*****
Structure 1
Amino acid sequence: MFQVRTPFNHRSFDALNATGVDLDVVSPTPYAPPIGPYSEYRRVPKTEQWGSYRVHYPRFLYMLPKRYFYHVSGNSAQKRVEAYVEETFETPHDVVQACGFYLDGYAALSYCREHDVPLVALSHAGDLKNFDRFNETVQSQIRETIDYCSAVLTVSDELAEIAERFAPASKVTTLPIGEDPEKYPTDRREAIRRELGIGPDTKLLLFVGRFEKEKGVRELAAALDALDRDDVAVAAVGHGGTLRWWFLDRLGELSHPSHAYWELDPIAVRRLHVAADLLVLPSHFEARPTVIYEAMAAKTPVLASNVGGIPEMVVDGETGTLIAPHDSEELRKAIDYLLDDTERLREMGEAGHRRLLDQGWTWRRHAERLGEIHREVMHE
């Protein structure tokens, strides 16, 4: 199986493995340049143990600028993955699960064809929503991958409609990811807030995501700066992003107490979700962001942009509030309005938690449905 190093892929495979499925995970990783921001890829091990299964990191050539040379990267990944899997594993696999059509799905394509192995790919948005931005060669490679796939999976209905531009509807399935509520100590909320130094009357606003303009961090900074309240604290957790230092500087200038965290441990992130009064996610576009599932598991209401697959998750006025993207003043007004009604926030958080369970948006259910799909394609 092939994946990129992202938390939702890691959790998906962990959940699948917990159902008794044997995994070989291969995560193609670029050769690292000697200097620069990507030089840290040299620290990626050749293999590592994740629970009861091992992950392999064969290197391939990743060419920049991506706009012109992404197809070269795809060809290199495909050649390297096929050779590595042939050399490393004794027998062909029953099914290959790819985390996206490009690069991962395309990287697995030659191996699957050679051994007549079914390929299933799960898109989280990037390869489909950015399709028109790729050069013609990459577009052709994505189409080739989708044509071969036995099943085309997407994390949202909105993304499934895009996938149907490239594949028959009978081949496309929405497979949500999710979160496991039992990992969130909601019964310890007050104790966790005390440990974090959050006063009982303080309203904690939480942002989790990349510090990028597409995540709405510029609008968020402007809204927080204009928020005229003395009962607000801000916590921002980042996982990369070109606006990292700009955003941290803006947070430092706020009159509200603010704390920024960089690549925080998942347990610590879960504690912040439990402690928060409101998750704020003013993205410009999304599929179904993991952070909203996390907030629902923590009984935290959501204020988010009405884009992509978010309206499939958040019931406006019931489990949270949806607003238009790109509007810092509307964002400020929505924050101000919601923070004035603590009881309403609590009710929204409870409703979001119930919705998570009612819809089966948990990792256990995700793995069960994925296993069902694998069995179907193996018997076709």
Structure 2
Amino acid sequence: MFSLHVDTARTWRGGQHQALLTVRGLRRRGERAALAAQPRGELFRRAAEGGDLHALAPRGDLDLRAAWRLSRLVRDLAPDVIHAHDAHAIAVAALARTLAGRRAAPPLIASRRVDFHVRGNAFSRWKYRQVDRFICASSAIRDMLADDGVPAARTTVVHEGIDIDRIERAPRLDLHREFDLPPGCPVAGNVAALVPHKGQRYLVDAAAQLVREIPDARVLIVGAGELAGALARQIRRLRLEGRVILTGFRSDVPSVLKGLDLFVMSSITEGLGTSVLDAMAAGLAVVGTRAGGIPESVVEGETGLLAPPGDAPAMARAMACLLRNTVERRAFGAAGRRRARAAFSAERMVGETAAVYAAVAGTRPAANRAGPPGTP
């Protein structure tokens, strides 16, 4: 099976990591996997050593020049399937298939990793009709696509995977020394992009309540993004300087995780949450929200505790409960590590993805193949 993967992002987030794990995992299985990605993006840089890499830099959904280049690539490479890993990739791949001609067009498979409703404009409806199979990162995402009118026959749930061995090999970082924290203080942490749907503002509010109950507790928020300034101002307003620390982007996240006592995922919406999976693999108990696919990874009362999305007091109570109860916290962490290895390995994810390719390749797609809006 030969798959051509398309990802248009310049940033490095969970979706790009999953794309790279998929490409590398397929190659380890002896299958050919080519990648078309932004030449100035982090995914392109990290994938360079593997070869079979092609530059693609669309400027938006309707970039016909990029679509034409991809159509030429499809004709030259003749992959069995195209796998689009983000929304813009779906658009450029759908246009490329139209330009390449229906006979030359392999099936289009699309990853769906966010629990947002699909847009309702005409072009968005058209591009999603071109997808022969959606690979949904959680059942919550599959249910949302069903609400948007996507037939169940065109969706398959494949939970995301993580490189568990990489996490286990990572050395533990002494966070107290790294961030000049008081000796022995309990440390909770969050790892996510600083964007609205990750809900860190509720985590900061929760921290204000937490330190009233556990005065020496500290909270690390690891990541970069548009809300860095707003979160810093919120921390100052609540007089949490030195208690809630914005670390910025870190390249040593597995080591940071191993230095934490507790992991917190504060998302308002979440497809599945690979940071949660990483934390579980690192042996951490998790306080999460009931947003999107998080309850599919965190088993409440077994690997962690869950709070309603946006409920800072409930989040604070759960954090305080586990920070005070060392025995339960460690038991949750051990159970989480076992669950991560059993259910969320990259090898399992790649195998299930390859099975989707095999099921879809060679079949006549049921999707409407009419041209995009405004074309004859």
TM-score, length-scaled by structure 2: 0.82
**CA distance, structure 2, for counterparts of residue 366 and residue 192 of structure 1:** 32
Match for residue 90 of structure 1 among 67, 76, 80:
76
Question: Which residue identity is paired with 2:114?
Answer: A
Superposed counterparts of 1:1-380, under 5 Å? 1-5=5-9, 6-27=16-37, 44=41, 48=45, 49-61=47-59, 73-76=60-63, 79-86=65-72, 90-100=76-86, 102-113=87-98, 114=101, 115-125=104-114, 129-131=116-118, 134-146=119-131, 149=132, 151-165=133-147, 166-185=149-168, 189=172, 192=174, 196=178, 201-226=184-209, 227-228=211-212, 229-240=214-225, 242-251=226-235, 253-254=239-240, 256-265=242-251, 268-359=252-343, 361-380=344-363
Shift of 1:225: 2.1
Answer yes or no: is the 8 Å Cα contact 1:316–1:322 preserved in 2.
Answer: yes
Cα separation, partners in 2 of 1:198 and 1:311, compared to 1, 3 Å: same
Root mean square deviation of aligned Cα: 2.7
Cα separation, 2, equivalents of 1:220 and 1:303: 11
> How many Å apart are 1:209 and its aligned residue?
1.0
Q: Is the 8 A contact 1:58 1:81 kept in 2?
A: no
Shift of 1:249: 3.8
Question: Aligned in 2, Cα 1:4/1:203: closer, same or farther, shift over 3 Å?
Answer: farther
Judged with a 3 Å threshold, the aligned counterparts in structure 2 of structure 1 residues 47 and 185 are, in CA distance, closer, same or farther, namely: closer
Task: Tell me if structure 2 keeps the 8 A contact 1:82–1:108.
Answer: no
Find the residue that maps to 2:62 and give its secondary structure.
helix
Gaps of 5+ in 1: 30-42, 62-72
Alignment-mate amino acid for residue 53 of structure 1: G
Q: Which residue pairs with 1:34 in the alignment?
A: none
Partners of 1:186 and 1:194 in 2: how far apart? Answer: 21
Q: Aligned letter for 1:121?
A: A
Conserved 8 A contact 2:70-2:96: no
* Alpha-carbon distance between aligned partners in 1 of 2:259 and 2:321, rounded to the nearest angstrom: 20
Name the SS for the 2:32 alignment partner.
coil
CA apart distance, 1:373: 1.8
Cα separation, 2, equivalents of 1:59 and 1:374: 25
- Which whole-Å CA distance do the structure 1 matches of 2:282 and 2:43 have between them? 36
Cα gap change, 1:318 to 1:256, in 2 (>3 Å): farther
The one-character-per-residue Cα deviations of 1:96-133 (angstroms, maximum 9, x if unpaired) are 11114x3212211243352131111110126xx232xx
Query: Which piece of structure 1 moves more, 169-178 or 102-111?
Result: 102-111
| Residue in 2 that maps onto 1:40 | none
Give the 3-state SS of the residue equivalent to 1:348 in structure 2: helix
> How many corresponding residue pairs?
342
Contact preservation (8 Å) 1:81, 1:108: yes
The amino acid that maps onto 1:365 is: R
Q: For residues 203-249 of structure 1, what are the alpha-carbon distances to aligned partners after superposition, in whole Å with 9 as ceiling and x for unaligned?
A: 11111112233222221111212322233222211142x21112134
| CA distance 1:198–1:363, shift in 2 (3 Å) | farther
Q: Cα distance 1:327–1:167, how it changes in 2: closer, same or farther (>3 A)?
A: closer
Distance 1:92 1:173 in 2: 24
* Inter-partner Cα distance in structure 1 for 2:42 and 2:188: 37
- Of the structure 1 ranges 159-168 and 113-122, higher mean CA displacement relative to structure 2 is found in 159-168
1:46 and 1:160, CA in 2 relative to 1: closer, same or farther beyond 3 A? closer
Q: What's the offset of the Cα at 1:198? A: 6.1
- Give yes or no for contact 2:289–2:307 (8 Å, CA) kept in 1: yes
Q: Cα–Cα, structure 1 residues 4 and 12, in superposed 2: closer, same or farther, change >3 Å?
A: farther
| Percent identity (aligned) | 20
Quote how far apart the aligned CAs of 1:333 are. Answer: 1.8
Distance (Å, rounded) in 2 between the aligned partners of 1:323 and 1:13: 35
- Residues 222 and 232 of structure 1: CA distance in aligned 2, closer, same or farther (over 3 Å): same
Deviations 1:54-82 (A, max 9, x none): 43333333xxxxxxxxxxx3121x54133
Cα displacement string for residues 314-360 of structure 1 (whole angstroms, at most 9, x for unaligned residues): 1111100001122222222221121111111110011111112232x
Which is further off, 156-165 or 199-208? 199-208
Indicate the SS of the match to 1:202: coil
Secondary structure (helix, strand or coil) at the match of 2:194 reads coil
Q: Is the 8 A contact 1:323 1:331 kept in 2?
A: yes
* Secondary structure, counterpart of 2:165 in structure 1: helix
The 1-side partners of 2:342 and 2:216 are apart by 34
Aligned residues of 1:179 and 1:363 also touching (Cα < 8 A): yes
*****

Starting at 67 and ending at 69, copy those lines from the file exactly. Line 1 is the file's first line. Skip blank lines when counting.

Q: Cα–Cα, structure 1 residues 4 and 12, in superposed 2: closer, same or farther, change >3 Å?
A: farther
| Percent identity (aligned) | 20